P25 isn’t perfect — but it doesn’t have to be
A couple of days ago, I had the distinct pleasure of moderating a webinar that explored the Project 25 standard from the perspective of whether it finally is beginning to deliver on its promise, particularly regarding the ability of end-users to leverage the standard to build best-in-class systems and to drive down their cost of ownership.
The panel consisted of: Craig Jorgensen, director of APCO’s Project 25 steering committee; Pam Montanari, vice chairman of NPSTC’s interoperability committee, and the radio and data systems manager for Pinellas County (Fla.) Emergency Communications; Steve Devine, interoperability program manager of the Missouri Department of Homeland Security; and Mark Toman, superintendent of system operations support for Toronto EMS Communications, and the EMS Chiefs of Canada representative to the Canadian Interoperability Technology Interest Group. They all did a great job, and the discussion was wide-ranging and frank. If you weren’t able to participate during the live event, I urge you to go to our website, where the webinar is archived.
Part of the discussion focused on deployments that are starting to pop up where end users are beginning to mix and match subscriber units from multiple vendors, something they’ve been waiting to do for more than two decades. The ability to do so will allow end-users to finally break free from the shackles of proprietary systems and allow them to shop around for better pricing. That by itself is reason enough to consider migrating to a P25 system, in the eyes of many.
During the webinar, which was sponsored by Cassidian Communications, the former Plant CML, Devine opined that there is another very good reason.
“We didn’t go to digital just because we wanted to be different — there’s a lot of things inherent in digital radio that FM didn’t provide us. … In the VHF band, a P25 radio does a much better job than an analog radio in doing adjacent channel rejection — and in VHF there’s a lot of overlap and a lot of channels laying on top of each other out there. It’s just a better radio.”
In the next breath, Devine conceded that P25 radios also are more expensive than analog radios. But the thinking is that the ability to mix and match subscriber units will force vendors to sharpen their pencils and be more competitive in their pricing. And, let’s face it — generally in life, one gets what one pays for. You can watch a baseball game from the upper deck or from lower-deck box seats. Most fans would tell you that the latter provides the richer experience — but they pay dearly for the privilege. The analogy seems to hold true in the world of land-mobile radio.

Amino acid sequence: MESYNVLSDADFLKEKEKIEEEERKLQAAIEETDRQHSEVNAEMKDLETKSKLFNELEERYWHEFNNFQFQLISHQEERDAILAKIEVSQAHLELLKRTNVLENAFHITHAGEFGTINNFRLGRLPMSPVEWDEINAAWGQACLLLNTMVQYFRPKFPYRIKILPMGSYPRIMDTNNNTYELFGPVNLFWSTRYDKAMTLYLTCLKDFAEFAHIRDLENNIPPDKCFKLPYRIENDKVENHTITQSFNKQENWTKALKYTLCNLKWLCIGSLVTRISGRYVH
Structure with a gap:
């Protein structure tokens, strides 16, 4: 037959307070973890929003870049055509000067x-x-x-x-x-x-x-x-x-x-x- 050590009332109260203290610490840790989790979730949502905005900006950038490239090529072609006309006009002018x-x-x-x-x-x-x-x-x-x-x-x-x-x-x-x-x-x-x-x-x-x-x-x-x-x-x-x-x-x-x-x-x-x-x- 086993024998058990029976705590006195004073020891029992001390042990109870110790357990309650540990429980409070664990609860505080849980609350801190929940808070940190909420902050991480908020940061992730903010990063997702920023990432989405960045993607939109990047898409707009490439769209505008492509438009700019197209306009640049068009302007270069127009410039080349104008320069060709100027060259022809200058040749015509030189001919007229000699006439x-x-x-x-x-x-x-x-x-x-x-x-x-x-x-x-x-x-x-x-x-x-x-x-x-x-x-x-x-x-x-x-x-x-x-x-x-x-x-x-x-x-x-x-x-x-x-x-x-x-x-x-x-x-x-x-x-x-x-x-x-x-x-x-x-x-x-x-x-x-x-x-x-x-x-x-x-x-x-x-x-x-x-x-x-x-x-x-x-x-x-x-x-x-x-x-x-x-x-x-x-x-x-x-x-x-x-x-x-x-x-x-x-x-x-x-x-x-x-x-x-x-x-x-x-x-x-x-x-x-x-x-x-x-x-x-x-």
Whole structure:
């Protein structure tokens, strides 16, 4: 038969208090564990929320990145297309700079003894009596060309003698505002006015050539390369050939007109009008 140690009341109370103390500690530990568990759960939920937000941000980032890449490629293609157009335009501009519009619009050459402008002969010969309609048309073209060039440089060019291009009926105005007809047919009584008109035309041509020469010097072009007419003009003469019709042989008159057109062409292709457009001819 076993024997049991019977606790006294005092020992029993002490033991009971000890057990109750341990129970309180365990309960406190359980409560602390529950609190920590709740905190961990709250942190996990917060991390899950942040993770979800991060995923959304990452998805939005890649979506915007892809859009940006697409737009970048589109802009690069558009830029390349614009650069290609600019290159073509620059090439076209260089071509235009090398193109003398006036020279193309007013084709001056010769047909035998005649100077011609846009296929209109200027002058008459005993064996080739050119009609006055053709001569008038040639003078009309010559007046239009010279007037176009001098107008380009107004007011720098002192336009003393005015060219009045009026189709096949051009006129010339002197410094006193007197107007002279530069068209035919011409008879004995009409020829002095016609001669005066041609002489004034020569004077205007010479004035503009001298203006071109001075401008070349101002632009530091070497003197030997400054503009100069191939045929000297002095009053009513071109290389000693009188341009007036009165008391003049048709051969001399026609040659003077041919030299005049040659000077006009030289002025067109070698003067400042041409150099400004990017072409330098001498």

Of course, the whole lower-prices dynamic still has to clear a major speed bump in the sense that the P25 standard allows vendors to add proprietary features to their systems and equipment while still being in compliance. So, if you want every end-user on the system to be able to leverage those features, mix-and-match goes out the window. It’s a challenge that likely never will go away, Jorgensen said.
“The standards are functioning the way they’re supposed to function, but the fact of the matter is that each company builds their products a little bit differently,” he said. “It’s not a new problem, but it is one that at least the Project 25 steering committee and the manufacturers are aware of. But it’s not a standard issue, it’s an issue of how do we get the manufacturers to a point where everybody does it the same way — and we’ll never get that.
“Number two, each consumer wants a little different way of seeing and hearing the information they get, whether it’s the audio sound or the tones. So, you’re really dealing with a gray area. I don’t think we’ll ever have [the] fully standardized ability to have every radio look, sound and be exactly the same.”
That said, Montanari and Toman spoke of major P25 deployments that are underway, or about to be underway, in Tampa Bay and Toronto. It is noteworthy, I think, that these two major metropolitan areas have hitched their communications futures to P25 systems.
So, while P25 remains a work in progress, and likely will continue to be so for quite some time, progress clearly is being made. This is all the more reason to stay on top of developments through events such as this week’s webinar. I hope you’ll consider viewing it — I got a lot out of it and I think you will, too. Also, I hope you’ll consider attending the P25 workshops and conference sessions that will be held next week during IWCE 2011 in Las Vegas. They are part of a terrific educational program that the conference development team — which is ably led by my colleague Stacey Orlick — has put together. Hope to see you there.
What do you think? Tell us in the comment box below.
For more information on P25, attend these sessions at IWCE in Las Vegas, March 7-11, 2011.